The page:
BTST stands for Buy Today Sell Tomorrow.
In India, we have to follow a T+2 settlement cycle in capital markets. Stock purchased on Monday, will get delivered to the demat account on Wednesday.It does not mean that we can sell the stocks until it’s delivered to our demat account.However we have the freedom to sell the stock before its delivered.
What is BTST in share trading?
BTST trades are those trades where traders take advantage of short-term volatility by buying today and selling tomorrow. Under this facility, traders can sell the shares- which they have bought previously- before they are delivered to their demat account or before they are credited into their demat account.
Let’s understand how the process works with the help of an example.
Suppose you have Rs. 5,000 in your trading account. On Monday, you bought 10 shares of Adani Wilmar at Rs. 400 each amounting 4000 and on Tuesday you sold the 10 shares at Rs. 430 each.
Buy Value = Rs. 4,000/-
Sell Value = Rs. 4,300/-
The Rs. 10,000 in your account is blocked immediately on Monday towards the purchase of Adani Wilmar shares. This is settled to the Exchange on Wednesday (T+2 day).
On Tuesday, you sell the shares which you’re supposed get credited on your demat account on Wednesday but You’re allowed to sell the shares on the trading terminal since the delivery of Adani Wilmar shares is expected by Wednesday. Once these shares are delivered to the stockbroker on Wednesday, he marks it toward your upcoming obligation to give the shares, for which the sell was initiated on Tuesday and the sell transaction is settled on Thursday as per T+2 settlement cycle.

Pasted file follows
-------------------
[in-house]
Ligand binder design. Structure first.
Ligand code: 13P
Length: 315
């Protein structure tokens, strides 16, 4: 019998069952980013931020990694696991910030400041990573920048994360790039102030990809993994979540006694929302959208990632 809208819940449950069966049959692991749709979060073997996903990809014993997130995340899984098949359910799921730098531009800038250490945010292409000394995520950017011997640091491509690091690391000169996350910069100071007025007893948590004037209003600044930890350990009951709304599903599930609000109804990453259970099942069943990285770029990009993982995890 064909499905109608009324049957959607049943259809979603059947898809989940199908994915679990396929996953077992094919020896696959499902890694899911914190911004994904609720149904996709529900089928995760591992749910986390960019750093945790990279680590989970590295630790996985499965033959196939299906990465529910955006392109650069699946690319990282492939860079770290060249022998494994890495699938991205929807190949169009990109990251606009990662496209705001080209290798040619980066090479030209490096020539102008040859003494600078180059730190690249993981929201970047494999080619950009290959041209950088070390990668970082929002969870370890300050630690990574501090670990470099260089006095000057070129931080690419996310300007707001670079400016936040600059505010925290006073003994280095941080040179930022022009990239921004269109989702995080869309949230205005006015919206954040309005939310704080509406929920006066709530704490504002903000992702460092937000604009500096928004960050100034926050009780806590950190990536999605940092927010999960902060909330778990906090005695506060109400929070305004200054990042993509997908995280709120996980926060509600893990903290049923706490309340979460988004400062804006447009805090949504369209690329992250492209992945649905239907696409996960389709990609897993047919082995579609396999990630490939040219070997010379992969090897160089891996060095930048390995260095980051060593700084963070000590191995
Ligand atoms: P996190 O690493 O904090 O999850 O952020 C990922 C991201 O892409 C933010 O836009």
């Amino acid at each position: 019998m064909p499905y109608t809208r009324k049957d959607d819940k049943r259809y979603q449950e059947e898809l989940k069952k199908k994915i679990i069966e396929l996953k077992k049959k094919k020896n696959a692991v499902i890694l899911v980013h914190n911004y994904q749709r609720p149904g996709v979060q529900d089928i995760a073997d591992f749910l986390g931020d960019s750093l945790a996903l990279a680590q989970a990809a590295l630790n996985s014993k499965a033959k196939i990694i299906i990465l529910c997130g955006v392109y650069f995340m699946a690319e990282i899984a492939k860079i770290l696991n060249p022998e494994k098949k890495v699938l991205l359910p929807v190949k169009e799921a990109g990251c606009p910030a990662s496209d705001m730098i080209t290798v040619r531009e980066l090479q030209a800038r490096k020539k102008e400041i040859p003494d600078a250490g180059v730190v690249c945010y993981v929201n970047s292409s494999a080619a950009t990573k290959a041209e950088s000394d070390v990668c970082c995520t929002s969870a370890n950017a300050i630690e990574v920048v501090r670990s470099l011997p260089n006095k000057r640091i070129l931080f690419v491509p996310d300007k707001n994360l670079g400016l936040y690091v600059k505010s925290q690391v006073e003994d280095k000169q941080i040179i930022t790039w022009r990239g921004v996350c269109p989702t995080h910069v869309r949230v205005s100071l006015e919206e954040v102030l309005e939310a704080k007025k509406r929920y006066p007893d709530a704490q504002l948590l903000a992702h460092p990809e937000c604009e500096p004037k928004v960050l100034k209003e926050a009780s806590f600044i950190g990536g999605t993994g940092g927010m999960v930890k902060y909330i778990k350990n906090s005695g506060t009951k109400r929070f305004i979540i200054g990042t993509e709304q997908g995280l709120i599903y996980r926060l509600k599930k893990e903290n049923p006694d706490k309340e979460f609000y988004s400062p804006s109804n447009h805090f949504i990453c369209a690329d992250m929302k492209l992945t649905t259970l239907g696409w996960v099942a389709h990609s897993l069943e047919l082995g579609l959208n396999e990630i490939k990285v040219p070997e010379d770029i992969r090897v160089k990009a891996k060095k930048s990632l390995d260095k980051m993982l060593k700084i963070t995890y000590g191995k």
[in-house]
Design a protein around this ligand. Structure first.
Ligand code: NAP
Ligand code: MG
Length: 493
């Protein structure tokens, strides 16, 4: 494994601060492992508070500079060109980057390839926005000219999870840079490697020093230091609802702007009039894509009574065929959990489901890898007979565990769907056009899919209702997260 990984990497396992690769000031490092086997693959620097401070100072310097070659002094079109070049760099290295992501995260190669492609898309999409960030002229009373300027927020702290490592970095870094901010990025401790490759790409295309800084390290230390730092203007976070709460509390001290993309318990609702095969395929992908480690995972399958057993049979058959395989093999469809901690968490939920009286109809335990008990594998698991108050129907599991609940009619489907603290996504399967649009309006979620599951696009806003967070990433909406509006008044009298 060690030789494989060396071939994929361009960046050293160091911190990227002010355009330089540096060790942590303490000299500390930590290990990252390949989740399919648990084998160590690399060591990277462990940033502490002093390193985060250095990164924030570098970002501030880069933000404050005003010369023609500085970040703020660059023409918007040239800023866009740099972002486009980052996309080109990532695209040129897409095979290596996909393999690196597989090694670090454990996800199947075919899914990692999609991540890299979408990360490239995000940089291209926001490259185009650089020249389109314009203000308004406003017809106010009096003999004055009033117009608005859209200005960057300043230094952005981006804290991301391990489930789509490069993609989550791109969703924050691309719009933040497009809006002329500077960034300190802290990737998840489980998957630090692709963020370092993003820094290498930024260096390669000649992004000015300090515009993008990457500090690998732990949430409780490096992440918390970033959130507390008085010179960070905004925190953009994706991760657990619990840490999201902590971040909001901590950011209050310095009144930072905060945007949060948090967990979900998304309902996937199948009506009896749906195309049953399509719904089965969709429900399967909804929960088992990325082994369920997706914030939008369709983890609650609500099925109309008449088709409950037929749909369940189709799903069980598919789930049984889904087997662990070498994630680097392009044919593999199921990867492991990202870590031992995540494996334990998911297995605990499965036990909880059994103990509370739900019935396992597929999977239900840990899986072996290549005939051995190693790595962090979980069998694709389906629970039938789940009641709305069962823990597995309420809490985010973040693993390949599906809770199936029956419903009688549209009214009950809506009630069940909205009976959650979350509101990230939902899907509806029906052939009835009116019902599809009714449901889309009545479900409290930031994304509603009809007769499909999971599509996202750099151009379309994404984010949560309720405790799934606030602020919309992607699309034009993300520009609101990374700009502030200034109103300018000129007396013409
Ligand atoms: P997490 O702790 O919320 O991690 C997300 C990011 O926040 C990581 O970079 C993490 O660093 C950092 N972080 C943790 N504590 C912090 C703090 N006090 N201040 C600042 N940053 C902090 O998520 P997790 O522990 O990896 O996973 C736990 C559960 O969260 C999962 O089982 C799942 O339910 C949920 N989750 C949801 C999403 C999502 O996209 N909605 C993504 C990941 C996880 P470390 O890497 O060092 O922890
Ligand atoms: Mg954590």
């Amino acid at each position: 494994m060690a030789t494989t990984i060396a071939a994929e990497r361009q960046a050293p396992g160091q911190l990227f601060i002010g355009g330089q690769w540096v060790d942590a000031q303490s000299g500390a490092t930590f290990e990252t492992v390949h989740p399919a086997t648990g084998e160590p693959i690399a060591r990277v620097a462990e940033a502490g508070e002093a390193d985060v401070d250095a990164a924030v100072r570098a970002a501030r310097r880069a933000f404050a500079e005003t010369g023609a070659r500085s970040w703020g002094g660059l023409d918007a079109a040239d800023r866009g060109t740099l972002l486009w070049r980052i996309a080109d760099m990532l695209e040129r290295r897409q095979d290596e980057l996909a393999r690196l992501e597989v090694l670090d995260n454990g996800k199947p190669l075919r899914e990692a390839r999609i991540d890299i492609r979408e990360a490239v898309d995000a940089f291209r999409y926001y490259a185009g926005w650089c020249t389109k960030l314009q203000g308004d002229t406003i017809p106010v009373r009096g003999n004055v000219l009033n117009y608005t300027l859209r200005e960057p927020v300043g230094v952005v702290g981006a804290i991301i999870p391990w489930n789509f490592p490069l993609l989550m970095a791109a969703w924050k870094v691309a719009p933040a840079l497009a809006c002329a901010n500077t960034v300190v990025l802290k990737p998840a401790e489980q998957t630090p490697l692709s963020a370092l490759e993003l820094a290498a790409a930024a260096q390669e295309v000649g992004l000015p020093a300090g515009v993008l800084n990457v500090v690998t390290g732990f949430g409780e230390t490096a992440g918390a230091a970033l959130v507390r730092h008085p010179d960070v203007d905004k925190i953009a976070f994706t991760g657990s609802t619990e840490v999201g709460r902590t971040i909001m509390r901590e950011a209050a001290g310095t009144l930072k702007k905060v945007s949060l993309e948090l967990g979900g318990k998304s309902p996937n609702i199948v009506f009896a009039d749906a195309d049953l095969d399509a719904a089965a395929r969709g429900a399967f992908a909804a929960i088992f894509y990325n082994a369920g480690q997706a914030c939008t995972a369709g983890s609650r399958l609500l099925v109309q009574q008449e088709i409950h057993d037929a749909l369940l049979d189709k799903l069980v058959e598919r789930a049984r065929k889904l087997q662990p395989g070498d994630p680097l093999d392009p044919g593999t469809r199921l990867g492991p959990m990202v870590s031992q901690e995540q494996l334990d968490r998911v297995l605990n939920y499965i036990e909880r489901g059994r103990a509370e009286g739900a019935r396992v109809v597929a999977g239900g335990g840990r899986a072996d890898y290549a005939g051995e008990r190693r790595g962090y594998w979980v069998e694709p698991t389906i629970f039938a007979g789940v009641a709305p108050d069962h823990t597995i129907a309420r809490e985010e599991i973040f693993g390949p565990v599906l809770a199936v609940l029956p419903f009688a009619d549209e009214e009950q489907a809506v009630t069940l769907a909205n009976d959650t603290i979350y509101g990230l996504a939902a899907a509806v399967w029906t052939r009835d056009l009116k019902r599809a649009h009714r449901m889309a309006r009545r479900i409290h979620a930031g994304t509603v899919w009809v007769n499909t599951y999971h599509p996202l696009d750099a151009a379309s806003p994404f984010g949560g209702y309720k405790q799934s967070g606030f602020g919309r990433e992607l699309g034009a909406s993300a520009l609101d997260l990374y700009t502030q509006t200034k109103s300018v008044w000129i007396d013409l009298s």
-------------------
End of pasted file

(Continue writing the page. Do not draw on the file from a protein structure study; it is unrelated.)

And if everything is executed properly:
Profit booked = Rs 300/-
Note:- In the example , the shares we purchased appreciate in value and we sold these shares to book profit from them, but we cannot sell the shares if the order is a normal order. However, if the order is a CNC order, short for a cash and carry order, then only we are allowed to sell the shares and book profits.
Is there a risk to execution BTST trades?
While the risk isn’t that big, it is still there. There is the smallest possibility that the person from whom you purchased the shares fails to give you the delivery of the stock before the end of trading hours on the next day. If such an event happens with you, know that the penalty for short delivery is not fixed and is determined by price movement and liquidity. You will be required to cover the difference between your selling price and the price at which the exchange buys the said stock during the auction process. You will be called upon to pay the difference between the price at which you sold your shares and the price at which the exchange purchased shares from the auction. Source (motilaloswal)